Documentation / Product / Features / Lytics JavaScript Tag

Subresource Integrity

Subresource Integrity (SRI) is a security feature that enables browsers to verify that resources they fetch (for example, from a CDN) are delivered without unexpected manipulation. It works by allowing you to provide a cryptographic hash that a fetched resource must match. This definition is sourced from MDN Web Docs, where you can find full documentation on SRI.

Is SRI for me?

In many cases, an SRI requirement stems from strict security compliance for enterprise-level policies. Though it adds a layer of certainty that the file you are expecting matches precisely what is delivered, in many cases, the overhead for managing SRI is not worth the investment.

Recommended approach

Lytics deploys features, fixes, etc. to all of our customers as fast as possible, which means the exact code delivered by our core JavaScript Tag endpoints can change often. These incremental improvements are excellent in every case except for SRI. As such, we recommend that the Lytics JavaScript Tag source file be hosted at a secure location capable of handling the traffic volumes that your web properties generate. With this approach, you gain control over when the file and hashes need to be updated, which will reduce downtime.

To access the proper file to download, you'll need to look at the default JavaScript Tag configuration provided in your account. Part of that snippet will include a configuration object which consists of a src definition. For Version 3, the latest version of the Lytics Tag, that will be //{{ACCOUNT_ID}}/latest.min.js. In most cases, HTTPS should be used as the protocol before the // and your account ID will replace {{ACCOUNT_ID}}.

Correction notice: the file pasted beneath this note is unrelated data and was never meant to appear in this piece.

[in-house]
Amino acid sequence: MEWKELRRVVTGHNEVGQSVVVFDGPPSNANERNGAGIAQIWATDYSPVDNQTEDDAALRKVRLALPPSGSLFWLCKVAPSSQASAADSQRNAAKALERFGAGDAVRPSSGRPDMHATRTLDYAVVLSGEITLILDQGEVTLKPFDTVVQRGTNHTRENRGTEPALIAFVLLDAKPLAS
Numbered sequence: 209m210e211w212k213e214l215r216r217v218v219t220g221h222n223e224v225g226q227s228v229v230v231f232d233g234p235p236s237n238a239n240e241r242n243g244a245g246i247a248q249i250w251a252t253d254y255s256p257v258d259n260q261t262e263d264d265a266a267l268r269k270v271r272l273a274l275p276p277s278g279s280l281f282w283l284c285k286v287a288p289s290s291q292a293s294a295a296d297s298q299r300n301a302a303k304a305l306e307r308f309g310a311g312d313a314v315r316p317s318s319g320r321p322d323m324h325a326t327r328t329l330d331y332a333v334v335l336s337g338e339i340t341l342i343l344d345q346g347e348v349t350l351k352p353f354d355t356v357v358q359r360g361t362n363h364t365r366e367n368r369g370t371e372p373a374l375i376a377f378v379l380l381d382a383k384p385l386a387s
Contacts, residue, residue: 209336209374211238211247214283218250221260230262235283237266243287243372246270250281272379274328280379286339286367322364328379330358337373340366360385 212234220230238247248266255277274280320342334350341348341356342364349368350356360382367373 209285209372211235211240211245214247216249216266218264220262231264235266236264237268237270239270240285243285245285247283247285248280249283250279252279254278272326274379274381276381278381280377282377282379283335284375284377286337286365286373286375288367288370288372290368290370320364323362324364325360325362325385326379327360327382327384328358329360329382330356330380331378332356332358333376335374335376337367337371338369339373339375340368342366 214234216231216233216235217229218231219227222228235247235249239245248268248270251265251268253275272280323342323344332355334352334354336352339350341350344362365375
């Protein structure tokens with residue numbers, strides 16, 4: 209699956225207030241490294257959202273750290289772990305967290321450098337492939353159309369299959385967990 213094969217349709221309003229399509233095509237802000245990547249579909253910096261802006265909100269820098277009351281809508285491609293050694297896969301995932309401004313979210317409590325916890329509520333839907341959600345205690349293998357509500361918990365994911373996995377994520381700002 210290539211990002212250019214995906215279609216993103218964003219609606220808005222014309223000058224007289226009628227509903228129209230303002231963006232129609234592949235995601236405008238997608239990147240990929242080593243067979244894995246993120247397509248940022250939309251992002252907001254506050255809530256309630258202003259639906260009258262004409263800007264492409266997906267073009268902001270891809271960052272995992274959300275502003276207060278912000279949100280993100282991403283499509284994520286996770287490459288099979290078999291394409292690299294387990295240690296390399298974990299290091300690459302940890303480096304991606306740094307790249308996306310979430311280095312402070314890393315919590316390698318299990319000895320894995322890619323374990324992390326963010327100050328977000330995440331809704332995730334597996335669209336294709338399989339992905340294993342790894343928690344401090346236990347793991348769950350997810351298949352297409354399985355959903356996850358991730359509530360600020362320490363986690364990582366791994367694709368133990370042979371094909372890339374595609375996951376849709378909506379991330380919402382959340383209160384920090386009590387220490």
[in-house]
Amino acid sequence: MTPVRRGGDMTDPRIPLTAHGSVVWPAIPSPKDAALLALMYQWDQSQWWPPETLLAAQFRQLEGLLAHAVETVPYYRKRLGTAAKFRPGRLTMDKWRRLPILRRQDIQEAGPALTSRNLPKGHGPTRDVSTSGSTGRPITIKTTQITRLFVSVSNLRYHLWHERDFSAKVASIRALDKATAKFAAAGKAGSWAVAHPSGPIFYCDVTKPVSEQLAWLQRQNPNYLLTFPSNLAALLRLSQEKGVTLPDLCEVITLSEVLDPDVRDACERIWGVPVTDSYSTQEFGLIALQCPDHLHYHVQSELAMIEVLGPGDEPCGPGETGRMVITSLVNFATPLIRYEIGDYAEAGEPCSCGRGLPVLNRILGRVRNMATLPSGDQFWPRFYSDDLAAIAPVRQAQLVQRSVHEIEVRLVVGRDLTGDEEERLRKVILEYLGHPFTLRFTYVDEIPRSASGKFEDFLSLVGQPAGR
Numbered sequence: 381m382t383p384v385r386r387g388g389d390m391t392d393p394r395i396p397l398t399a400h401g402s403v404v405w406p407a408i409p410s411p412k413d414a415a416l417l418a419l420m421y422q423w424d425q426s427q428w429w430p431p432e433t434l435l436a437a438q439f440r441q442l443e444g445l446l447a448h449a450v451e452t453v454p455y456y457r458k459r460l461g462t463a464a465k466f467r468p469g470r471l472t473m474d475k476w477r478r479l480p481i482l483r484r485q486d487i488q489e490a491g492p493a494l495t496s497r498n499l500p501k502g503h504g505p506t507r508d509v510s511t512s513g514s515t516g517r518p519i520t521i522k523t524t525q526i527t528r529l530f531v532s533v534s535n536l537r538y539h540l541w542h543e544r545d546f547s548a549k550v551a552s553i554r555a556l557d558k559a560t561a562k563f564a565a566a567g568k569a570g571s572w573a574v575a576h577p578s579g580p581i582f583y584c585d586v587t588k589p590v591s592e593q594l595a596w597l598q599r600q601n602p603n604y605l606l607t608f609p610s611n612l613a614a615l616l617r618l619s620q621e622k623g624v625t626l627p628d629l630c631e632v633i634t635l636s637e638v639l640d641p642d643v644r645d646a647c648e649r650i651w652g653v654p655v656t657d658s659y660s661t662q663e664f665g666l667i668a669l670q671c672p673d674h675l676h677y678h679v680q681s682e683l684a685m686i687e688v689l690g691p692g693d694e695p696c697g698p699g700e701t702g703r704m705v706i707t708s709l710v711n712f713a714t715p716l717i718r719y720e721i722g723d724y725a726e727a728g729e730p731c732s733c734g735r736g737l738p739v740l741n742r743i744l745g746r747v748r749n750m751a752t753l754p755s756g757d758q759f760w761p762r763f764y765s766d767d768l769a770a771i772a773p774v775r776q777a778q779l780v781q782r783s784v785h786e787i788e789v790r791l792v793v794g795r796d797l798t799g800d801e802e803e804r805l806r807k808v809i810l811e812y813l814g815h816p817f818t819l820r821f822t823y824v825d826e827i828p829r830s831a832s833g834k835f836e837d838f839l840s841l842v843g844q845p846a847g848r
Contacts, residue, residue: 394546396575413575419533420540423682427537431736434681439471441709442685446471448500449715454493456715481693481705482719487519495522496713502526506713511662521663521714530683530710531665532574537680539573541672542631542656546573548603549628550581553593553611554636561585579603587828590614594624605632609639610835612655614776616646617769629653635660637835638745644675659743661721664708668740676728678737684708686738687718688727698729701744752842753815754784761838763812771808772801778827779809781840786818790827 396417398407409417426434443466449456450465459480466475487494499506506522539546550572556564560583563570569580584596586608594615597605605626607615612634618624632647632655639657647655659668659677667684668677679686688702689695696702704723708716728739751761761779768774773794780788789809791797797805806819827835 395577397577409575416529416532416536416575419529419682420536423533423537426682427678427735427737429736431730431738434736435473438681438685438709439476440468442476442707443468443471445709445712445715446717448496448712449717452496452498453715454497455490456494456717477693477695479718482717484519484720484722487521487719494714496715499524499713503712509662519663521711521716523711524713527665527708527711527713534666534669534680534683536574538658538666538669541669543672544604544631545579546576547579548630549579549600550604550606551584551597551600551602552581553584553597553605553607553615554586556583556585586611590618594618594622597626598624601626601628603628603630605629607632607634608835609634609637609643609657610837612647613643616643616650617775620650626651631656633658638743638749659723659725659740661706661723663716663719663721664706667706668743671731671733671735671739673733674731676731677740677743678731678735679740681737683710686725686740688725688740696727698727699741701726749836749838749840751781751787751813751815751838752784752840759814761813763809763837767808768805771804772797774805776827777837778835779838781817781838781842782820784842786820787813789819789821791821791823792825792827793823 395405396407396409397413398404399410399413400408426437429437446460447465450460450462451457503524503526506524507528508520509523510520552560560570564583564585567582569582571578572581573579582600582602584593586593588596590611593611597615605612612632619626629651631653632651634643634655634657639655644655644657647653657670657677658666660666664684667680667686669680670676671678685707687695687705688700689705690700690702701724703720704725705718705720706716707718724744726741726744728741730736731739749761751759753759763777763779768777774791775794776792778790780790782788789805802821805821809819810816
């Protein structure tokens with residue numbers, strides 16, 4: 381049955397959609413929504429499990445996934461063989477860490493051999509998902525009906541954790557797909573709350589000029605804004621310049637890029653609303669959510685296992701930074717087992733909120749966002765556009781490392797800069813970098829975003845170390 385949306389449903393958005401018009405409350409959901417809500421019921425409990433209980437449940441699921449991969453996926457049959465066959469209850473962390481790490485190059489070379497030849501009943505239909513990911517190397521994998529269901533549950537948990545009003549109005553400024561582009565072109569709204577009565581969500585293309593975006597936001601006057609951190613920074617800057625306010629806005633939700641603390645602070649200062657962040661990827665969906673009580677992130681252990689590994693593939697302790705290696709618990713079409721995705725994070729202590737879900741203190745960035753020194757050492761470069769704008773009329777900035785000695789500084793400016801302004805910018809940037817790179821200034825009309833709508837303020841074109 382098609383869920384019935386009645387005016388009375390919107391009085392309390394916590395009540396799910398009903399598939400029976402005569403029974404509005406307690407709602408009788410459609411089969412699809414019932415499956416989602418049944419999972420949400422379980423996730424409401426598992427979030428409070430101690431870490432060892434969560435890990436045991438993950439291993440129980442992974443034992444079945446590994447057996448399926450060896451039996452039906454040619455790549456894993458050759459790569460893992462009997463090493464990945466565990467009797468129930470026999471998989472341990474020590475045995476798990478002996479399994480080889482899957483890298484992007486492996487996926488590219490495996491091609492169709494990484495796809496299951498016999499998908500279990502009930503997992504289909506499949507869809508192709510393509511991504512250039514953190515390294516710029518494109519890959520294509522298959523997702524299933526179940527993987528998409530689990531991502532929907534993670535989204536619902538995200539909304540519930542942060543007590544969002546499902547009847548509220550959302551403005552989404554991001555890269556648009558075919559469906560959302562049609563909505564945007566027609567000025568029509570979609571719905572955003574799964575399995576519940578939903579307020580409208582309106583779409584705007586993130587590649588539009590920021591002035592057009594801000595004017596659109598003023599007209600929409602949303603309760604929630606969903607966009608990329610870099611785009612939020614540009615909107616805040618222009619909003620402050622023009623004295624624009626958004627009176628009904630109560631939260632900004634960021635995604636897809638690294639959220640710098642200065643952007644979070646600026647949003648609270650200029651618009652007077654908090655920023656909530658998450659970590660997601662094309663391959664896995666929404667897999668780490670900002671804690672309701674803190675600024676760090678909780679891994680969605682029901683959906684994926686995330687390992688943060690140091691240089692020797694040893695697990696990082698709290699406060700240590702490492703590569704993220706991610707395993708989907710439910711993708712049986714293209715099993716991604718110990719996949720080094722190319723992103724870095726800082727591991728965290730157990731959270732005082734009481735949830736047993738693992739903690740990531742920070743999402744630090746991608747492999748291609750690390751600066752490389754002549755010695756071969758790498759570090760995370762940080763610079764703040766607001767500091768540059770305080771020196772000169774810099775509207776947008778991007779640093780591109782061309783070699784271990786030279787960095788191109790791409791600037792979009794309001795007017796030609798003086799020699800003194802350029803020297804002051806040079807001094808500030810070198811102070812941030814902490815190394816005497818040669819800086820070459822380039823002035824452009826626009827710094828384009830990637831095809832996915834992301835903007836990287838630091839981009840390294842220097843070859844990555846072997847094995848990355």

Also, the JavaScript snippet that we recommend you copy and paste into your Tag Manager or source code will need to be slightly altered manually.

  1. The src referenced above will need to be updated to point to the source of your newly hosted copy of the Lytics JavaScript Tag endpoint.
  2. Within that snippet, we generate a script tag, loadScript, which is ultimately responsible for loading the file. In the case of SRI, there are additional requirements that will need to be defined, such as integrity and crossorigin. These can generally be included after the existing createElement call using setAttribute.

Again, it is essential to consult your development team here as Lytics will not be able to provide technical support for custom modifications to our core JavaScript Tag.

Once you have the proper attributes set to activate SRI with the expected hash, things should be up and running. Changes made to the core tag will be reflected only after a manual sync on your end.


With this approach comes a few significant implications:

  1. Account settings altered in the Lytics UI will only be reflected after the tag has been synced and SRI hash updated. Most settings updates result in small alterations to variables in the core tag file.
  2. Lytics Support will be able to offer limited assistance. In the case of bugs, issues, etc. our support team will not be able to utilize existing methods to assist you. Since the file is custom and hosted outside of Lytics, you must do so at your own risk.
  3. Bug fixes or feature availability will be dependent on your team's ability to update the external files and associated SRI hashes.